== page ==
Letter to Associate Justice William O. Douglas of the Supreme Court on His Retirement
Dear Mr. Justice Douglas,
I have read your letter of this date with profound personal sympathy for the sad circumstances under which you deem it inadvisable to attempt to continue participating in the work of the Supreme Court of the United States. I want you to know first of all of my warm admiration for your valiant effort to carry on the duties of your high office, despite your recent illness, with the same courage and independent will that have characterized your long service to your country.
In response to your decision to retire at the close of this day from regular active service as an Associate Justice, may I express on behalf of all our countrymen this nation's great gratitude for your more than 36 years as a Member of the Supreme Court. Your distinguished years of service are unequalled in all the history of the Court. Your contributions to the law both as scholar and jurist and your service under President Franklin D. Roosevelt as member and chairman of the Securities and Exchange Commission constitute a lifetime of dedicated public service matched by few Americans.
It is my sincere hope that your health will soon be restored so that you can enjoy your well-deserved retirement and relax among the natural beauties you love and have helped to preserve. Future generations of citizens will continue to benefit from your firm devotion to the fundamental rights of individual freedom and privacy under the Constitution.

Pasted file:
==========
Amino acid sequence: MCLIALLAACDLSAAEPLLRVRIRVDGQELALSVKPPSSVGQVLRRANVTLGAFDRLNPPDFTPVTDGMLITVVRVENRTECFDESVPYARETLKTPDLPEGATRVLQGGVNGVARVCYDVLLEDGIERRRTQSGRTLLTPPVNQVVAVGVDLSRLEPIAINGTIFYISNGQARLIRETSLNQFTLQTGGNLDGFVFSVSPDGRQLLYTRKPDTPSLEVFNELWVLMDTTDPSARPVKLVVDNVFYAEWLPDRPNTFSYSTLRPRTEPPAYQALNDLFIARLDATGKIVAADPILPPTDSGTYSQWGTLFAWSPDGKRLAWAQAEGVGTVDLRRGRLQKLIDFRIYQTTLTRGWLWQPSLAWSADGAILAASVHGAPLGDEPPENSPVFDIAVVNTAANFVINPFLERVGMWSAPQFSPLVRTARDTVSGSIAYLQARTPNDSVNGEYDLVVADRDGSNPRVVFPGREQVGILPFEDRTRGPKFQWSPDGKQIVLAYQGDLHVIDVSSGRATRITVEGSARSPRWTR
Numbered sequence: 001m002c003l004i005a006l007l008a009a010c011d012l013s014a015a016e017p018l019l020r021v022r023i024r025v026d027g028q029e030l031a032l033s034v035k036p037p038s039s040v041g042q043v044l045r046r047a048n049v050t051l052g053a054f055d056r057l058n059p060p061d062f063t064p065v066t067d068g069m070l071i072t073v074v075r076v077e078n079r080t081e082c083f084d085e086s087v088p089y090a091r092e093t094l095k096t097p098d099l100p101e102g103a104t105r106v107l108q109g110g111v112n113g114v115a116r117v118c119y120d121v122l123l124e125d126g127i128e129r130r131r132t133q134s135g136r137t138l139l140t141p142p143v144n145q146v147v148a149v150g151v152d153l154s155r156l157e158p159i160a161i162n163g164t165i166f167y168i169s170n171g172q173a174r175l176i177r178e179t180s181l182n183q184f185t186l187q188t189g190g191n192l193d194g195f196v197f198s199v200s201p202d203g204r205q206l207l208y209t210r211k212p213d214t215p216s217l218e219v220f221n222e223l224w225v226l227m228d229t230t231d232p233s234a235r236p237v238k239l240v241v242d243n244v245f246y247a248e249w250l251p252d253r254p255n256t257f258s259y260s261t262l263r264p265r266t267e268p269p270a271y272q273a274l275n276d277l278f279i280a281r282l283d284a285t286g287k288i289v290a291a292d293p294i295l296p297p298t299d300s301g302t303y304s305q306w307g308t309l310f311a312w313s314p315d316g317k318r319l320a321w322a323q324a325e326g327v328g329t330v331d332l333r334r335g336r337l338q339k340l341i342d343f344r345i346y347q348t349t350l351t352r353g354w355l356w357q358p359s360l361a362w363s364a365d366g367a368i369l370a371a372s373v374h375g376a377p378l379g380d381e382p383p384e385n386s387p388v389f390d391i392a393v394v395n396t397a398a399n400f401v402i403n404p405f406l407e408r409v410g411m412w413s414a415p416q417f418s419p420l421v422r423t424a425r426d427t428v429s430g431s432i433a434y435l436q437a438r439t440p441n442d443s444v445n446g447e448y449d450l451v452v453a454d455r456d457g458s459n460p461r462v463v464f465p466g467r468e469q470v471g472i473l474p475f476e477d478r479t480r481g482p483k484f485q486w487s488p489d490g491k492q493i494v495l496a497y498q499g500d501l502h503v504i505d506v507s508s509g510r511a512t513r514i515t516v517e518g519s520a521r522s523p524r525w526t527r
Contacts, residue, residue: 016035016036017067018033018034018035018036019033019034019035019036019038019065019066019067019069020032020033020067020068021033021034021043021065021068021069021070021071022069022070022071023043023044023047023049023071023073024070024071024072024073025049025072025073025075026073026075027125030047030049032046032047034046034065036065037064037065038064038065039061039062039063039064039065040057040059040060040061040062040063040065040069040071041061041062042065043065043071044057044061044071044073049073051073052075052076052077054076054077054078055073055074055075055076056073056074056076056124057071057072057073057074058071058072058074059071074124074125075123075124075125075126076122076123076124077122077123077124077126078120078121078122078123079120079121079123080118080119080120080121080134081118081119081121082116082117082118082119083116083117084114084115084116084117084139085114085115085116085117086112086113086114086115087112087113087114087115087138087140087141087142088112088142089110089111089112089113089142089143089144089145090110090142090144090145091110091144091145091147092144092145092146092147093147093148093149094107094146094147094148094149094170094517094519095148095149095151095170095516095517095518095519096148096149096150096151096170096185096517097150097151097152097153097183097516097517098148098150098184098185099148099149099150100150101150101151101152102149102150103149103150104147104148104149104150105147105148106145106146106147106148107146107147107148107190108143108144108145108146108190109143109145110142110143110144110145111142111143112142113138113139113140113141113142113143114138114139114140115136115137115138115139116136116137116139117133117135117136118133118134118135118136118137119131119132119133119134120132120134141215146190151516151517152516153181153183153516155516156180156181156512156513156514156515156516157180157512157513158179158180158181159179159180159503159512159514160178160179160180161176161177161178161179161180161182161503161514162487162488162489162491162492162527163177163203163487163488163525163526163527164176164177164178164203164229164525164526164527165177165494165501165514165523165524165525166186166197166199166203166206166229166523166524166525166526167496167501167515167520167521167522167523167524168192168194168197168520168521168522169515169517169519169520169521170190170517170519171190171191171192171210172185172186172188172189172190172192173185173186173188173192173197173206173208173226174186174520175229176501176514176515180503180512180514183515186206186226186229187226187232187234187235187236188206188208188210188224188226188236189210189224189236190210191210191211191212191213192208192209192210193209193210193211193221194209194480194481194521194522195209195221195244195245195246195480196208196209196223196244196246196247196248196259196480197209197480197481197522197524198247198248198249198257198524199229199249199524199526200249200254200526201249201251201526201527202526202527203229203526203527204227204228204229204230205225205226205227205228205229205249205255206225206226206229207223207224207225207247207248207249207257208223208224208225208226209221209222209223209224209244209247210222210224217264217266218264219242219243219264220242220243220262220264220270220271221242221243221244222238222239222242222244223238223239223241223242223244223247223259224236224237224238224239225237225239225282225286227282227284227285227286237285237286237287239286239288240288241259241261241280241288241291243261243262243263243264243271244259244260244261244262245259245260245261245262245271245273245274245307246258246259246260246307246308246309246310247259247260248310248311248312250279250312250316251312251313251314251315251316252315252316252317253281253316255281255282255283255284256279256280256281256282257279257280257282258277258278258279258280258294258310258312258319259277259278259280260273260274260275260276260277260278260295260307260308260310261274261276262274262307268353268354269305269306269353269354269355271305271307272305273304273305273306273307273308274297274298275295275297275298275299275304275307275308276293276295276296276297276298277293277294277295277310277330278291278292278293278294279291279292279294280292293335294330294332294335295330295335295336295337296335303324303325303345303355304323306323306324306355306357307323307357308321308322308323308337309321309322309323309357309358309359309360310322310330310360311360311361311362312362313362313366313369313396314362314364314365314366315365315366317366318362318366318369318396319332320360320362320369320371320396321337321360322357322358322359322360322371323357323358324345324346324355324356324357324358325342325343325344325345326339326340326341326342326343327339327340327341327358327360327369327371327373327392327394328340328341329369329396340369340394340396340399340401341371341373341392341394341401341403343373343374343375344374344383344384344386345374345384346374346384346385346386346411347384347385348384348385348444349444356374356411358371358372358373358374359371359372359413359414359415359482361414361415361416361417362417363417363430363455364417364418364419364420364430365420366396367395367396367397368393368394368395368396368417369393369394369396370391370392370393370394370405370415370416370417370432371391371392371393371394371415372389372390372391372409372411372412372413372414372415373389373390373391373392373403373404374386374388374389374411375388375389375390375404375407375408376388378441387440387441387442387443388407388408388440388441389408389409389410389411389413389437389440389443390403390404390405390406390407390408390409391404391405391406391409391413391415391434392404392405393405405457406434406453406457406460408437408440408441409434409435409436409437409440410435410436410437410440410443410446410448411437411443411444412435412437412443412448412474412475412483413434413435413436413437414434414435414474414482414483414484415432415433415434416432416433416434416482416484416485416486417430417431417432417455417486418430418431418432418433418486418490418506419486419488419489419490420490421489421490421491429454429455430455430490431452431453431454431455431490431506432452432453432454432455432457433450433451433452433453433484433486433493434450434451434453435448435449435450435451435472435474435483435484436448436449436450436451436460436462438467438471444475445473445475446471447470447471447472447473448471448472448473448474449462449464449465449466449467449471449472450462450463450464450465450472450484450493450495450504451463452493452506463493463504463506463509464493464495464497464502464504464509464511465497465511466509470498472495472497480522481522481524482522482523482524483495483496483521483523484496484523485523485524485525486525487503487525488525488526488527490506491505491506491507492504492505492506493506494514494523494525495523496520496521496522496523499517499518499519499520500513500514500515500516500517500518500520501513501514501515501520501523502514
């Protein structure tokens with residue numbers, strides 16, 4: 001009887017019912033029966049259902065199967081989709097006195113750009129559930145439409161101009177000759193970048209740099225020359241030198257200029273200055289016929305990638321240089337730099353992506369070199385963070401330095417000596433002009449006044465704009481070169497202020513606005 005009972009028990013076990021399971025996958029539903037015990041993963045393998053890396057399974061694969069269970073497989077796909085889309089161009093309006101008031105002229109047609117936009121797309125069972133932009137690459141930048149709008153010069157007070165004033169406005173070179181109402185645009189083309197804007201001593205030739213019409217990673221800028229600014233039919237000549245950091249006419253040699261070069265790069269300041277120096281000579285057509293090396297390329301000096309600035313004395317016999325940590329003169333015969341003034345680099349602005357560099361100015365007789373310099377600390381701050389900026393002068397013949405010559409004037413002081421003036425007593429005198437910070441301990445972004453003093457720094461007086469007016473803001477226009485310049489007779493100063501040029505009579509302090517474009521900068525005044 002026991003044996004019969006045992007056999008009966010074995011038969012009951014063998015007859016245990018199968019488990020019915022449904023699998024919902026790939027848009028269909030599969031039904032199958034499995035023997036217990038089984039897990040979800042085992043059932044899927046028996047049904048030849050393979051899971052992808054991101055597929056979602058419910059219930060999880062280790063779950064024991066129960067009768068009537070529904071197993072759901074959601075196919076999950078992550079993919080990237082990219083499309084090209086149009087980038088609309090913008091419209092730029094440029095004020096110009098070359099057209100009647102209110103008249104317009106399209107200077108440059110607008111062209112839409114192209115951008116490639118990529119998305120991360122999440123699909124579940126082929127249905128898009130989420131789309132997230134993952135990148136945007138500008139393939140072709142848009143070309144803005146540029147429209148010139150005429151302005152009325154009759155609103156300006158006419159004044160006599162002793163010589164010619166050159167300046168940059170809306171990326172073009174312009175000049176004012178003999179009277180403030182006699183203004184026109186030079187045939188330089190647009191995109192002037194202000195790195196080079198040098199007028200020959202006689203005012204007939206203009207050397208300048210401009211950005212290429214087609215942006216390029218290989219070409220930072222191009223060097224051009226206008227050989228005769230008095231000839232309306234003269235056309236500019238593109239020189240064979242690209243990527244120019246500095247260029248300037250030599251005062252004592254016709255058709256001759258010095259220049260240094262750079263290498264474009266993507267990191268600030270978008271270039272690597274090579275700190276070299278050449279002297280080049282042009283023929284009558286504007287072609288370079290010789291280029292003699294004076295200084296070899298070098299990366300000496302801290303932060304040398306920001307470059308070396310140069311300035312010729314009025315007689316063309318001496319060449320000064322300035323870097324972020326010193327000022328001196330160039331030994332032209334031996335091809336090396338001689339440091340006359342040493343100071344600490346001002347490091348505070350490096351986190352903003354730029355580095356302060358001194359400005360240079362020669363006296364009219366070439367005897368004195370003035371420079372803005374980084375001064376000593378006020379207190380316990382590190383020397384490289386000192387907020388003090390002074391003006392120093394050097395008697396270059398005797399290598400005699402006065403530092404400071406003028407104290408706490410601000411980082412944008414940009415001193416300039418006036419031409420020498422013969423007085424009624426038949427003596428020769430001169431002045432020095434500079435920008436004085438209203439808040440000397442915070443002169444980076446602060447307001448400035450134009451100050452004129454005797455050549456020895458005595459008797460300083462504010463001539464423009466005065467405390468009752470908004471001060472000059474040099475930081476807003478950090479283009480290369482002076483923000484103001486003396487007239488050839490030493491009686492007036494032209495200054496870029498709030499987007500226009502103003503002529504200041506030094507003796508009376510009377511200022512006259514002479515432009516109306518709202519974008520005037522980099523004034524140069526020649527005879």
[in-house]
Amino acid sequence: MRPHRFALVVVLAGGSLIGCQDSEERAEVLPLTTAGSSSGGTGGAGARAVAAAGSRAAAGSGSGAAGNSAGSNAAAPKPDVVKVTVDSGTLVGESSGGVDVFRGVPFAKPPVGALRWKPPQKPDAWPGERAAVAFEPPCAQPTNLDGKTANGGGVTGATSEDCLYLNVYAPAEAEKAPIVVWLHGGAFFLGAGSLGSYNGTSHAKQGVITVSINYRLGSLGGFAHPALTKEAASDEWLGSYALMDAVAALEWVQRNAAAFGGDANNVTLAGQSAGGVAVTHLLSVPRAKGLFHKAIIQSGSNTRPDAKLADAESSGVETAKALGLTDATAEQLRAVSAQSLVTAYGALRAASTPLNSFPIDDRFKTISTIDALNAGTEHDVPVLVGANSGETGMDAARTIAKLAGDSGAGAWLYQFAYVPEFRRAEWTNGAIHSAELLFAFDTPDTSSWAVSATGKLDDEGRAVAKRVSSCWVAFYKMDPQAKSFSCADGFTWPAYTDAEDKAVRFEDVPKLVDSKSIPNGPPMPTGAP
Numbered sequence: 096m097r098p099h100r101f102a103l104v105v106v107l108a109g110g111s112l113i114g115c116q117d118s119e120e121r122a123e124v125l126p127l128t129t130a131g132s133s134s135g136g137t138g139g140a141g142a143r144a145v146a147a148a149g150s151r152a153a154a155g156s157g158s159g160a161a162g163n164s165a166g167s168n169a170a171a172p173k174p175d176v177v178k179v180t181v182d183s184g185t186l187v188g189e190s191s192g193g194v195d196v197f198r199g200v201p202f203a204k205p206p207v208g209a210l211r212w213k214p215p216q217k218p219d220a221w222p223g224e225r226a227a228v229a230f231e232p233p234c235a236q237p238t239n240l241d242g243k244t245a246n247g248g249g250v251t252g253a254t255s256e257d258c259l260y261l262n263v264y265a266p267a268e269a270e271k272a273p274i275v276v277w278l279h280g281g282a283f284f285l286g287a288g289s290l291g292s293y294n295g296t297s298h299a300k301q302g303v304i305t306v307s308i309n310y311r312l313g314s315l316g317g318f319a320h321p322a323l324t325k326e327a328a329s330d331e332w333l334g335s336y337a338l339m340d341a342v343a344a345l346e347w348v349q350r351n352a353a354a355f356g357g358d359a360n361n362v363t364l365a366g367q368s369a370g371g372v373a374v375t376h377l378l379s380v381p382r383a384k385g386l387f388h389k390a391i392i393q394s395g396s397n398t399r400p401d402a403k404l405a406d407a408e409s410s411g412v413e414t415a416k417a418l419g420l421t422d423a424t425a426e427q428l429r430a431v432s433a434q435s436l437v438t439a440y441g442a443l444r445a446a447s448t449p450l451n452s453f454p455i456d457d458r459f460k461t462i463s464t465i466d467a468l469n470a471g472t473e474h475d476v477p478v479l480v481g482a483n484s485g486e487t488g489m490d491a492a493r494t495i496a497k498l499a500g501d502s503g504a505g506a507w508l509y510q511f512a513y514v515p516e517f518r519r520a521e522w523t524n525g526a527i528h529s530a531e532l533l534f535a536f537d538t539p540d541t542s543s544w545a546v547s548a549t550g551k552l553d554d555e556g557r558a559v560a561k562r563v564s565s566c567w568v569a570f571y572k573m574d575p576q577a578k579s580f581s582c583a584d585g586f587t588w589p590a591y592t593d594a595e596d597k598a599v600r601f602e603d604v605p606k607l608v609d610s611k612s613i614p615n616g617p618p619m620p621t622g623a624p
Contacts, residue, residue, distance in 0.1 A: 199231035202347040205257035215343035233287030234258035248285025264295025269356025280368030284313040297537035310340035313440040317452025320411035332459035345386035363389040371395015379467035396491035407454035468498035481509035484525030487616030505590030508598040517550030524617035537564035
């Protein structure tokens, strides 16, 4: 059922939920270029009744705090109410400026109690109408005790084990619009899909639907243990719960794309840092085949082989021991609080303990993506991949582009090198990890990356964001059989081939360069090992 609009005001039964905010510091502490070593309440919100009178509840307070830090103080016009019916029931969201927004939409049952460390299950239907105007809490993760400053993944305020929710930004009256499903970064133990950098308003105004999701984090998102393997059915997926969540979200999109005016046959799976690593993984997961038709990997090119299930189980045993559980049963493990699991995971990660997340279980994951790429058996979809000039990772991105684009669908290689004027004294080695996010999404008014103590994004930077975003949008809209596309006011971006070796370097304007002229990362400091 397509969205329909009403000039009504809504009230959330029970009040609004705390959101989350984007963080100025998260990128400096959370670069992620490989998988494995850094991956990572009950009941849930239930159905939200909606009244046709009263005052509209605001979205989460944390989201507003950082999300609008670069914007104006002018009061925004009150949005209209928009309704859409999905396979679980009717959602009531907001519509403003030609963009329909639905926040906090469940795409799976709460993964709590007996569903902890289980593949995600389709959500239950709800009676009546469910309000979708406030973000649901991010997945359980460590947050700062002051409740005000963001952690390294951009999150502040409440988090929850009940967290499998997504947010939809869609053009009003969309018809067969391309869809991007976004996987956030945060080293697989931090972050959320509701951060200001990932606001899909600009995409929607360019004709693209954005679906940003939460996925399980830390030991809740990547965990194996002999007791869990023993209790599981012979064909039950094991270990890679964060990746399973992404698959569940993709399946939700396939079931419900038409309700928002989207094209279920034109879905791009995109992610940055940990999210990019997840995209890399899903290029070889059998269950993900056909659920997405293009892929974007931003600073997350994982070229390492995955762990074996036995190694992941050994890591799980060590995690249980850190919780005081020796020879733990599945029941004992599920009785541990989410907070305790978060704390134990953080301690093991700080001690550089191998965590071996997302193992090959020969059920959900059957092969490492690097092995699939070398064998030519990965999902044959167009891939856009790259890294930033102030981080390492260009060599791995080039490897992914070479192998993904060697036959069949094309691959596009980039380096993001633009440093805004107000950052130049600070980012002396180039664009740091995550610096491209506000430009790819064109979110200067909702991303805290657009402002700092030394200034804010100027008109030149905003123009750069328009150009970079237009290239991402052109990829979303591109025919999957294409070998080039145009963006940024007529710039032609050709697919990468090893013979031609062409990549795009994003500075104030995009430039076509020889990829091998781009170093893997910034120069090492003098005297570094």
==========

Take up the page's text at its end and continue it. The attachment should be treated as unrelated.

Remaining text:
Please accept my respect and personal good wishes.
GERALD R. FORD
[The Honorable William O. Douglas, Supreme Court of the United States]
Note: Justice Douglas' letter, dated November 12, 1975, read as follows:
Dear Mr. President:
It was my hope, when I returned to Washington in September, that I would be able to continue to participate in the work of the Supreme Court.
I have learned, however, after these last two months, that it would be inadvisable for me to attempt to carry on the duties required of a member of the Court. I have been bothered with incessant and demanding pain which depletes my energy to the extent that I have been unable to shoulder my full share of the burden.
Therefore, pursuant to the provisions of Title 28, U.S. Code, Section 371(b), I hereby retire at the close of this day from regular active service as an Associate Justice of the Supreme Court of the United States.
During the hours of oral argument last week pain made it necessary for me to leave the Bench several times. I have had to leave several times this week also. I shall continue to seek relief from this unabated pain but there is no bright prospect in view.
Chief Justice Burger and my other colleagues on the Bench have extended to me every courtesy and generous consideration. I have appreciated their thoughtfulness and I shall miss them sorely, but I know this is the right decision.
WILLIAM O. DOUGLAS
[The Honorable Gerald R. Ford, President of the United States, The White House, Washington, D.C.]
Gerald R. Ford, Letter to Associate Justice William O. Douglas of the Supreme Court on His Retirement Online by Gerhard Peters and John T. Woolley, The American Presidency Project https://www.presidency.ucsb.edu/node/257033